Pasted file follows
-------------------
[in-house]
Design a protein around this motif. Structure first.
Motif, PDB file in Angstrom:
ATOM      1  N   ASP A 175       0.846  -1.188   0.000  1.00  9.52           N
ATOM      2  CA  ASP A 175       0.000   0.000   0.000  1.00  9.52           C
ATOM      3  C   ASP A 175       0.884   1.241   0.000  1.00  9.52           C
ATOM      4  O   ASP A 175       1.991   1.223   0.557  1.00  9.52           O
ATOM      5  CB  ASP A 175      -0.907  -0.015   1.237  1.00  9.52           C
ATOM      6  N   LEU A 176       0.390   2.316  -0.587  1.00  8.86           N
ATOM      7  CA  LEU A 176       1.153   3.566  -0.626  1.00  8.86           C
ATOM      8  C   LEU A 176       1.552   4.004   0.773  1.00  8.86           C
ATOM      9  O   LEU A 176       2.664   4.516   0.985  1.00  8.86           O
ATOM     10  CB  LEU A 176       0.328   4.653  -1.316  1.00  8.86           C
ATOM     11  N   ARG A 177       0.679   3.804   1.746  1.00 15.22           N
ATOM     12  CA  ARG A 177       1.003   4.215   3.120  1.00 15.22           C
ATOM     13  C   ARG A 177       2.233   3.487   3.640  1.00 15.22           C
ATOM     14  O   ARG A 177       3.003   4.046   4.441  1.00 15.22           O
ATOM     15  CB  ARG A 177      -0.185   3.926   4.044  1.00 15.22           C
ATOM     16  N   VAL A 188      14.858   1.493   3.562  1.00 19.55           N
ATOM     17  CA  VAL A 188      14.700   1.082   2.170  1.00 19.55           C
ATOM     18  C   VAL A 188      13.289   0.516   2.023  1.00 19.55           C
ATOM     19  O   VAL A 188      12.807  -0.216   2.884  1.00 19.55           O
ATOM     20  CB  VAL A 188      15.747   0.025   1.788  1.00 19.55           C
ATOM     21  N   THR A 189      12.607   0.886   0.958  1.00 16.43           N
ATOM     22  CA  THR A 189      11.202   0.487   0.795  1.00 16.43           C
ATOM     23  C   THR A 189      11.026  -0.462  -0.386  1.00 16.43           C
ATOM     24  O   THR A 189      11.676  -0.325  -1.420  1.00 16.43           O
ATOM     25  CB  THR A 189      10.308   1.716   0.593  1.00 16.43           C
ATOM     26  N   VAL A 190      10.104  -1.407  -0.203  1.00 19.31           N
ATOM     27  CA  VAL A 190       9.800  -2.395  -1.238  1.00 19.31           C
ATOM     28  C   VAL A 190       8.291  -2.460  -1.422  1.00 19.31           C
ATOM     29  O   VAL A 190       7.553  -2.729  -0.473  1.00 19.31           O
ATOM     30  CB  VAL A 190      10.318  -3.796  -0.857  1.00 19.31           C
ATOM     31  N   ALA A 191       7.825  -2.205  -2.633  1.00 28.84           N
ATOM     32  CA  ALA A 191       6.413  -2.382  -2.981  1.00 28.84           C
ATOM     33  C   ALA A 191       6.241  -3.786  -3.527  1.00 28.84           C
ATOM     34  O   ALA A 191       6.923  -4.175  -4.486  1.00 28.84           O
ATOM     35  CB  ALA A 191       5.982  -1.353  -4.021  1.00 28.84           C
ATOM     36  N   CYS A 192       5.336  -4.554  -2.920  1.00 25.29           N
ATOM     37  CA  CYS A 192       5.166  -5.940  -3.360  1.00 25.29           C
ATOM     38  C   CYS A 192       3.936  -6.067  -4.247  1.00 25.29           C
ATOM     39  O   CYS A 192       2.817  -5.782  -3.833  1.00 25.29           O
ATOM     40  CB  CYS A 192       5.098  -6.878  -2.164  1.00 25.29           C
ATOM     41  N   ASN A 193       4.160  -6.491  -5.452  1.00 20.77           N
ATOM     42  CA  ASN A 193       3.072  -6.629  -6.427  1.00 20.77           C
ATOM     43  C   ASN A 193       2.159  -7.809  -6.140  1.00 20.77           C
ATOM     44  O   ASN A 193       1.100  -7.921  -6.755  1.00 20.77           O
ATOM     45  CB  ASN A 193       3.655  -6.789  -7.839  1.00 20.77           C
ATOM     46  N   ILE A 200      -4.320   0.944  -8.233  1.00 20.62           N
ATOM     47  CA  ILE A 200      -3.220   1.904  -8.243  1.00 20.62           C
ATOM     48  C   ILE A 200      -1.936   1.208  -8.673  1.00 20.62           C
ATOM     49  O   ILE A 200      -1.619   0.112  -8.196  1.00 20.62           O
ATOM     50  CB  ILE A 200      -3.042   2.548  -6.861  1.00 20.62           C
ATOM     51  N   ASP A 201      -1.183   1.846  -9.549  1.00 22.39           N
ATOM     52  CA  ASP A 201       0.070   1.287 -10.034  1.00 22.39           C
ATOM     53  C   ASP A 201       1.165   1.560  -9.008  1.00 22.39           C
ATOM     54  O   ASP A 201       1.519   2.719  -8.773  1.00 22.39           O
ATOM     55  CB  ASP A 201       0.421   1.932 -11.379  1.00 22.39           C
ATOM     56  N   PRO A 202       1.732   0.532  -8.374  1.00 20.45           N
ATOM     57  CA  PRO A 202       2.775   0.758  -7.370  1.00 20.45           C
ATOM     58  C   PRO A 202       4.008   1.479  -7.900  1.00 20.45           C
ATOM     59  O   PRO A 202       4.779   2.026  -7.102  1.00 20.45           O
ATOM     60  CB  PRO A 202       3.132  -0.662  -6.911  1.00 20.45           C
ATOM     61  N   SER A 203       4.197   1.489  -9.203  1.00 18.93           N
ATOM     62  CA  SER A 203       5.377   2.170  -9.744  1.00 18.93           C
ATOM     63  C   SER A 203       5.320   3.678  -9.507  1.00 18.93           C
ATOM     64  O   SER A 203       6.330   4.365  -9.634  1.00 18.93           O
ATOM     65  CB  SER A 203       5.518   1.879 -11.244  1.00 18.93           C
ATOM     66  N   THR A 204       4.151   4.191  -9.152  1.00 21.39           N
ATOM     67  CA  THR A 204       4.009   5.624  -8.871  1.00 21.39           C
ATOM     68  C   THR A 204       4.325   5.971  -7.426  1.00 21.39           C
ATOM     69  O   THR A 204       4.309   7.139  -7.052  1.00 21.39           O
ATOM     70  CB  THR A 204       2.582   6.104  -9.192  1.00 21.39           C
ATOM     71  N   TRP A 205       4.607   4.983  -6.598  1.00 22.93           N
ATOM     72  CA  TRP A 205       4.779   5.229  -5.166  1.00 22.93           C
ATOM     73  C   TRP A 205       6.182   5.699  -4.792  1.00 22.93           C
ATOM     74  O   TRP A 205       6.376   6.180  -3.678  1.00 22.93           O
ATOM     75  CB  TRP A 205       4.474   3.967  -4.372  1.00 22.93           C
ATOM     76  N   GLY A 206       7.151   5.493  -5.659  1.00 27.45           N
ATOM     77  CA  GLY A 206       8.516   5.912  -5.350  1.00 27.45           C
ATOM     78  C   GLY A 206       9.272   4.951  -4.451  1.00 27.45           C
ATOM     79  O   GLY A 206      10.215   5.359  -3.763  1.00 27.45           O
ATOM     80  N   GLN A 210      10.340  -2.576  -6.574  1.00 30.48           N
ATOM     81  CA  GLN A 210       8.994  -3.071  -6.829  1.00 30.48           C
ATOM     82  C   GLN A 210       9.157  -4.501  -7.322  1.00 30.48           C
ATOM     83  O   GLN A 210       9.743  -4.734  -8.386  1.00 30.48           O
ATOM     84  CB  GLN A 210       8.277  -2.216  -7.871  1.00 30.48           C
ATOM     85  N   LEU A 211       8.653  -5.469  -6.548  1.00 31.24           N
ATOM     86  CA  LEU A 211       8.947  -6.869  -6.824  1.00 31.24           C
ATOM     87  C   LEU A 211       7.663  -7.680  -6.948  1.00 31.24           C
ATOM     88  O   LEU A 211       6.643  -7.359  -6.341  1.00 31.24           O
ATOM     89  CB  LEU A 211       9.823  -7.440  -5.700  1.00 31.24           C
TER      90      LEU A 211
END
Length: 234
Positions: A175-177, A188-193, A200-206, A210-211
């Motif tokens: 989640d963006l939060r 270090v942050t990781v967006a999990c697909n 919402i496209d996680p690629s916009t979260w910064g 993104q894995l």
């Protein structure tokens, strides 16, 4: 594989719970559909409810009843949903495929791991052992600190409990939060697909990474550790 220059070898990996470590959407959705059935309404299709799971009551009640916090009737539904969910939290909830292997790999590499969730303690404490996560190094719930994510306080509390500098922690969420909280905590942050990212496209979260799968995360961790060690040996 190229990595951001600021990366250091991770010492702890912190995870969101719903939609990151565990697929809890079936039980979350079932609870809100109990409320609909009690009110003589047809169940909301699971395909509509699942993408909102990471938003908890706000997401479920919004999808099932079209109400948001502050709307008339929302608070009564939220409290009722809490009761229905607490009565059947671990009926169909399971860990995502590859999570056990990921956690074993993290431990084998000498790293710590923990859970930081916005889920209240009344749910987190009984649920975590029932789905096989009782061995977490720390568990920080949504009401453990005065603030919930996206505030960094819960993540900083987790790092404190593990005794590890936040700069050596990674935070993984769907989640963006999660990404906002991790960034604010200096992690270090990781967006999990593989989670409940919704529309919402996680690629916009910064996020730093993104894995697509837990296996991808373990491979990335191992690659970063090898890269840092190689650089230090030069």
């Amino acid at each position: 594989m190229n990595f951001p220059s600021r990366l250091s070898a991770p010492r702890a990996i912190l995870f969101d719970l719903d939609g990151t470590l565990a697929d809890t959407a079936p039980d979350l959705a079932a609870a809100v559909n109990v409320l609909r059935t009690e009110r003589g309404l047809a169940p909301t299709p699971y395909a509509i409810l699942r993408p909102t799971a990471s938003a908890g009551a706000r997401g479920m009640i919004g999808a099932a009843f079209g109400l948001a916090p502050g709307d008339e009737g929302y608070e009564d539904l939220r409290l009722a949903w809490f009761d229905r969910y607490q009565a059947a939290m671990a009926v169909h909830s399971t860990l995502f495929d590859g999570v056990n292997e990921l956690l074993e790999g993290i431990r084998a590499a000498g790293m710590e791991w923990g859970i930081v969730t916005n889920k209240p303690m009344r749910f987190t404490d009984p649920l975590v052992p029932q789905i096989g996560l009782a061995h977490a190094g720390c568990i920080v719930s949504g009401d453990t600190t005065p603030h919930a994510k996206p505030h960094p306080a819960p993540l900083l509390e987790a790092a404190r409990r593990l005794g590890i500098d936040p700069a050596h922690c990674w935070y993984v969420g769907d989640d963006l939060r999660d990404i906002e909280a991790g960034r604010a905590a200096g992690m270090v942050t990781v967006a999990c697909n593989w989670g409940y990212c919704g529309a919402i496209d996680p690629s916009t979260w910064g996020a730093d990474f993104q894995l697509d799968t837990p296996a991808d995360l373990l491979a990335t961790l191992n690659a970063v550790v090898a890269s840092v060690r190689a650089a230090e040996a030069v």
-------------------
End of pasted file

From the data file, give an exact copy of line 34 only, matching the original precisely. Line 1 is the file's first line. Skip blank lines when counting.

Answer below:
ATOM     31  N   ALA A 191       7.825  -2.205  -2.633  1.00 28.84           N